After having added another six thousand words this week, I have released a very rough draft of Papers & Paychecks, and posted an update for the project. The book is now 18 days overdue, and whilst I know that Kickstarters do have an almost assumed lateness in them, my inner project manager is screaming at me about being on-time. Still, I have completed pretty much all the core components and what really needs to be done is equipment lists, sample NPCs etc. In addition this I have made a solid start on the next issue of RPG Review with several thousand words done there as well. Friday night played Eclipse Phase with our international group with Think Before Asking; a superb ending of dramatic action with all the sort of paranoia that environment engenders. Tonight took some time out to visit Brendan E., for our regular dose of good popular culture; this time it was several episodes of Ash vs Evil Dead : Season 2 (look at that, 100% on the Tomatometer).

Whilst these activities have pretty much taken all my evening time, the days has been equally busy. There has been some preparations for the annual assignment and HPC lecture for Cluster and Cloud Computing. In addition there is an HPC for Economists course that is being prepared, a new round of general HPC courses, and preparations for ISC Frankfurt. In addition to that there was a steady flurry of interesting software installs this week, including a new version of ORCA which does ab initio quantum chemistry (finally, new MPI bindings!), and the Biopython suite. There has also been reports for the technical working groups on the upcoming upgrades for research compute facilities at the University. All in all, it's been quite the week.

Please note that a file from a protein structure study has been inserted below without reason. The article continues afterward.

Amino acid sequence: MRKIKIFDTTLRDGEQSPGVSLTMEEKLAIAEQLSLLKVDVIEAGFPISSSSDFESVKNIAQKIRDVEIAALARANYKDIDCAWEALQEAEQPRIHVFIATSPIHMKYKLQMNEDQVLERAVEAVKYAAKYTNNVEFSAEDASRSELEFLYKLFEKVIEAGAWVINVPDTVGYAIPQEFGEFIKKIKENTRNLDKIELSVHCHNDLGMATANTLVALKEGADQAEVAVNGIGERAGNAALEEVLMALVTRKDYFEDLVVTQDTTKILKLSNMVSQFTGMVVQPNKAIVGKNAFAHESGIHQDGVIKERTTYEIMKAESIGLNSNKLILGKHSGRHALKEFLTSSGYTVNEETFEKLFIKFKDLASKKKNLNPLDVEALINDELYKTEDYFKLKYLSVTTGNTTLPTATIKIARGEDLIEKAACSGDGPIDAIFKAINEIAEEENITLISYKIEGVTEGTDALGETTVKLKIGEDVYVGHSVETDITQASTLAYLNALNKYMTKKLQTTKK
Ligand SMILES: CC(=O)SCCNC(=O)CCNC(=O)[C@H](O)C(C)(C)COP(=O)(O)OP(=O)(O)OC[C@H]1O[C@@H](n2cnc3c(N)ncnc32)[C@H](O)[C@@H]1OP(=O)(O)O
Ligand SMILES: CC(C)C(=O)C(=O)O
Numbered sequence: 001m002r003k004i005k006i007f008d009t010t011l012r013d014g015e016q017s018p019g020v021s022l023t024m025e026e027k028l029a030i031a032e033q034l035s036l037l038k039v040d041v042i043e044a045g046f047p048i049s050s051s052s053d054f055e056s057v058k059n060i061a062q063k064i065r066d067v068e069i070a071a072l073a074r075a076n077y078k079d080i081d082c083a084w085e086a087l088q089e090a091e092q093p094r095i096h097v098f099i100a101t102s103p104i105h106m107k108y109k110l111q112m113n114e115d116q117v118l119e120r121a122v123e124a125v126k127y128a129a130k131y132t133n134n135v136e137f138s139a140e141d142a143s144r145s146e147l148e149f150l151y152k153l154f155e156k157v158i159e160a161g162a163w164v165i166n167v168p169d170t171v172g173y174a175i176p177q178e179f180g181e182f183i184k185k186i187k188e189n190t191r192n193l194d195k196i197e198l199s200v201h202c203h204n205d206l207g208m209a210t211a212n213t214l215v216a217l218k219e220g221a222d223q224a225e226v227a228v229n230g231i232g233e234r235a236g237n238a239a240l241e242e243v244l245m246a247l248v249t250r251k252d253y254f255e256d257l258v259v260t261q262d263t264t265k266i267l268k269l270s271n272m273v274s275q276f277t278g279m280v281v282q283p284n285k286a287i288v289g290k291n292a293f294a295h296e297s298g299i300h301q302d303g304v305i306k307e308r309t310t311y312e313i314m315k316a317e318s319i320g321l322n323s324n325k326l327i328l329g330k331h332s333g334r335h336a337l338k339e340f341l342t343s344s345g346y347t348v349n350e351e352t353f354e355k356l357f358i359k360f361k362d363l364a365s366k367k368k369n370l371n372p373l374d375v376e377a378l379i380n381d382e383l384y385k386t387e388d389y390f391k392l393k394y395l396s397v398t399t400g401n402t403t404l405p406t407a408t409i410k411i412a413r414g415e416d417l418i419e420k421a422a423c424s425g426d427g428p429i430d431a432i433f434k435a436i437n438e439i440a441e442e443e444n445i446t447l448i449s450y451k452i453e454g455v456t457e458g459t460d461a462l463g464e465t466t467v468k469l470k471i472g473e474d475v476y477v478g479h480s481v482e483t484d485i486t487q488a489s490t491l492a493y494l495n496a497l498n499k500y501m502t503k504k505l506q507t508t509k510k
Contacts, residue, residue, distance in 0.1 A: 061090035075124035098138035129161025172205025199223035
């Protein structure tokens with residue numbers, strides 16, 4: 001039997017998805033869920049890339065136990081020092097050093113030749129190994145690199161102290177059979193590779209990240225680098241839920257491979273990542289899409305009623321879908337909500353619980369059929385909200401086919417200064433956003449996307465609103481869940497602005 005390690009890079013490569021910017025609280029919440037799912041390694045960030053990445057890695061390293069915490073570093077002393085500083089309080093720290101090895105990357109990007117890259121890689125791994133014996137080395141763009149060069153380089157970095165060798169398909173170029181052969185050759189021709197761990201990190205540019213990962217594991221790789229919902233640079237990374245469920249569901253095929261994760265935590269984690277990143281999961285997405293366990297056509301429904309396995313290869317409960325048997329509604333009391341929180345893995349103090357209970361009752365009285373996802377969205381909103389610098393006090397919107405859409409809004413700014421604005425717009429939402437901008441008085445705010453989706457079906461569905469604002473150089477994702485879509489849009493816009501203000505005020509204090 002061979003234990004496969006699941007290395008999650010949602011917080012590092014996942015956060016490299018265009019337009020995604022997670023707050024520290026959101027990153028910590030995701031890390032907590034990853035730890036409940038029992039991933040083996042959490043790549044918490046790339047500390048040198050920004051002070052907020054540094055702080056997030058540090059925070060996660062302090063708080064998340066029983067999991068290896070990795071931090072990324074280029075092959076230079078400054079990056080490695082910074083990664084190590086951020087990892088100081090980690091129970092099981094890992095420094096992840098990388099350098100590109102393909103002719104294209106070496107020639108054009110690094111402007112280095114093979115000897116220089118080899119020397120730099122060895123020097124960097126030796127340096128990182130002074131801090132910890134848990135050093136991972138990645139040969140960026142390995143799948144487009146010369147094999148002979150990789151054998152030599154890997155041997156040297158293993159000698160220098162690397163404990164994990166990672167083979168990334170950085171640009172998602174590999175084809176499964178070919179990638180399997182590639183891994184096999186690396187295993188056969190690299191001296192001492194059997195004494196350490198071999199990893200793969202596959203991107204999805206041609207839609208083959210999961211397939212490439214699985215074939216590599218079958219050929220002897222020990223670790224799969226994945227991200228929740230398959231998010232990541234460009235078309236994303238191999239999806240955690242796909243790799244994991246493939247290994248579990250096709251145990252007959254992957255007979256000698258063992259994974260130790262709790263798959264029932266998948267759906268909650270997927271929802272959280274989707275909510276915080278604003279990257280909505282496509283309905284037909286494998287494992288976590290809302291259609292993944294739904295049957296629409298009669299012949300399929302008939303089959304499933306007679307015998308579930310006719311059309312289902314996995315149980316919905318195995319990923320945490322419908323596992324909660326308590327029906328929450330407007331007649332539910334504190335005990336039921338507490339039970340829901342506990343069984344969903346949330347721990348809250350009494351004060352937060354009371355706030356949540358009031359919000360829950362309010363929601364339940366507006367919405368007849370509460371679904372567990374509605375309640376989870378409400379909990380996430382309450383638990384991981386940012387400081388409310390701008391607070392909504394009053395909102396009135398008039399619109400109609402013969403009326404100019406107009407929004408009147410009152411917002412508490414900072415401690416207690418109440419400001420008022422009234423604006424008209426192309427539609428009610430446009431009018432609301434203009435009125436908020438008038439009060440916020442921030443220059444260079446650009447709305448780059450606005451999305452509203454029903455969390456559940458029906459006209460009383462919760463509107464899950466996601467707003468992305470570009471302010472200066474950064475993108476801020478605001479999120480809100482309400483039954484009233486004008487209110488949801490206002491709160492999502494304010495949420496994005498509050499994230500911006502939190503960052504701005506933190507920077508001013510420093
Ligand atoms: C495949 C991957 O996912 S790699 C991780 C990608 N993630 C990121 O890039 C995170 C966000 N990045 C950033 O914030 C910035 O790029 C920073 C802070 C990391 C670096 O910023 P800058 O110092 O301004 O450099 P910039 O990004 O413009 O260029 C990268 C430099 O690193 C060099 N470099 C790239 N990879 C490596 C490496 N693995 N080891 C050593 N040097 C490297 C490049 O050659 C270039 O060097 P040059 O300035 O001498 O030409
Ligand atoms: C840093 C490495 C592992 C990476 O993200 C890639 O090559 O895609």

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Sunday, March 12th, 2017 12:06 pm
Friday night caught up with Peter C., at Sister Bella a typically Melbourne small bar hidden at the end of laneway. Peter lives in the Netherlands and I believe the last time we met was well over fifteen years ago (at the very least, it's not in my LJ and I'm sure I would have recorded the meeting). We know each other from the SF community in Perth from the early nineties and I was always impressed by his combination of moderate politics with a radical and enthusiastic imagination; we had a good chat about the Dutch Reformed Political Party and the Party for Freedom. Afterwards visited Brendan E., in the form of a belated birthday visit. Went to a local Mexican, Beach Burrito which provided some fine sangria and for pit entertainment has skate ring. Afterwards returned to initiate our knowledge of season 2 of Ash vs Evil Dead. Brendan is always a good one for justifiable cynicism and is superb at filtering for our popular culture tastes.